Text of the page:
In an article published in Nature Communications, a team of researchers from Tanzania, Kenya, the US, and the UK sequenced the genomes of two Masai giraffes (Giraffa camelopardalis tippelskirchi), and one okapi, (Okapia johnstoni), in order to explain some of the unique features of the giraffe. “The team collected DNA samples from two female Masai giraffes and one fetal male okapi and constructed pair-ended libraries with the Illumina TruSeq DNA PCR-Free library preparation kit. They sequenced the samples on an Illumina HiSeq platform, and aligned initial sequence reads to 19,030 cattle reference transcripts in order to predict homologous genes. This approach yielded 17,210 giraffe genes and 17,048 okapi genes.” Apart from identifying 70 genes that displayed multiple signs of adaptation (MSA), the researchers also identified genes in the HOX, NOTCH, and FGF signaling pathways, which specifically regulates both skeletal and cardiovascular development in the giraffe and Okapi.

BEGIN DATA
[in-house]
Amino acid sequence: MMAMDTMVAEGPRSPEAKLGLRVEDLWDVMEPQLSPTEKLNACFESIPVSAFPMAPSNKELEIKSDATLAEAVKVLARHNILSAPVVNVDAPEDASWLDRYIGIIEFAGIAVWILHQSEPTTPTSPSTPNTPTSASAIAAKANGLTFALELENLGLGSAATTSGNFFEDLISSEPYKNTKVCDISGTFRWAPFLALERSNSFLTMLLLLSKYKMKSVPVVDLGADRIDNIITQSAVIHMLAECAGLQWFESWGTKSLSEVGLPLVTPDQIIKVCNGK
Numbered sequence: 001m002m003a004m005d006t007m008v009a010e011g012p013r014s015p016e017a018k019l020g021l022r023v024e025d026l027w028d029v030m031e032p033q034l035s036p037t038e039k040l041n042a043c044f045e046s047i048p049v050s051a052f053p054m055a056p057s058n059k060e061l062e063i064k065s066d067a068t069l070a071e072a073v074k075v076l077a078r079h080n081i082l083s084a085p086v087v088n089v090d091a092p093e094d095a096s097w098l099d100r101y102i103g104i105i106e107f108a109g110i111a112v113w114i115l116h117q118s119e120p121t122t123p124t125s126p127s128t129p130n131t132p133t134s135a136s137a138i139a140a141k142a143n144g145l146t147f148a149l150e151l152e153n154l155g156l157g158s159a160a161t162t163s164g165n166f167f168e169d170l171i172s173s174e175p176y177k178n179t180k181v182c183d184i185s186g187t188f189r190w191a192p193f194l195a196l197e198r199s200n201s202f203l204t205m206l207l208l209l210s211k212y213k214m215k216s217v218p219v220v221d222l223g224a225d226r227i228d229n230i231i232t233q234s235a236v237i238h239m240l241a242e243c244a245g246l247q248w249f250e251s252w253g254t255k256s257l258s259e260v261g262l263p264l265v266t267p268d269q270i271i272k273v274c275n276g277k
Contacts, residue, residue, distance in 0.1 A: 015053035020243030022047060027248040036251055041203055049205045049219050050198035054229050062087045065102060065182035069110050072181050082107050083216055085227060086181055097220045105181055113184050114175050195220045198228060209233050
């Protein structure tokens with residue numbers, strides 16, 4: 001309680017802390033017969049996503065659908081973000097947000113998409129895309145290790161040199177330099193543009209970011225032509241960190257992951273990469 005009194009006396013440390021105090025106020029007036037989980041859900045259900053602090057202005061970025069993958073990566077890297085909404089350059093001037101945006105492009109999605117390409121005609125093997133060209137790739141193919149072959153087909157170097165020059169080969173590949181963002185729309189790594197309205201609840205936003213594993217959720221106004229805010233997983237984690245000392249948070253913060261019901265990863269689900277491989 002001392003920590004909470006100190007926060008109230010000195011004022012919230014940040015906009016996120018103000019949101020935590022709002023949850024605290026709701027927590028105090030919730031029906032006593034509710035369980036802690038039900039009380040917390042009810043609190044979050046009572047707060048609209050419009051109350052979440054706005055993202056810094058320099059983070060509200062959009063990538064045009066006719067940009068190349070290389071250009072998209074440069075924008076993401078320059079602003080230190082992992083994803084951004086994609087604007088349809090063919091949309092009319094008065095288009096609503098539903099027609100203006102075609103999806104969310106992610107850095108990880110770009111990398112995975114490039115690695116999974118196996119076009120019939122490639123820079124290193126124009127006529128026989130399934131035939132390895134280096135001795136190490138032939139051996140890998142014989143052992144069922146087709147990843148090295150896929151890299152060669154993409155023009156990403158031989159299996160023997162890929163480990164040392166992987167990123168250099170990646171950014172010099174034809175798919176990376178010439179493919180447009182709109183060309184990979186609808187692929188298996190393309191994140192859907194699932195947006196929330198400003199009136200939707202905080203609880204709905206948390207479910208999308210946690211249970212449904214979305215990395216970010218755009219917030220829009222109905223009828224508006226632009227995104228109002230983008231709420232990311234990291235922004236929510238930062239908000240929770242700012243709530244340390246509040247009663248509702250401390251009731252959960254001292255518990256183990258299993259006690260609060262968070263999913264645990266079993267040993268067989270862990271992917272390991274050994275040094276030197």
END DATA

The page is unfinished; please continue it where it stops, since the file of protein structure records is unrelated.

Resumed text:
Link to the article
Reference: Agaba M, Ishengoma E, Miller WC, McGrath BC, Hudson CN, Bedoya Reina OC, et al. Giraffe genome sequence reveals clues to its unique morphology and physiology. Nat Commun. 2016; 7, 11519. doi:10.1038/ncomms11519>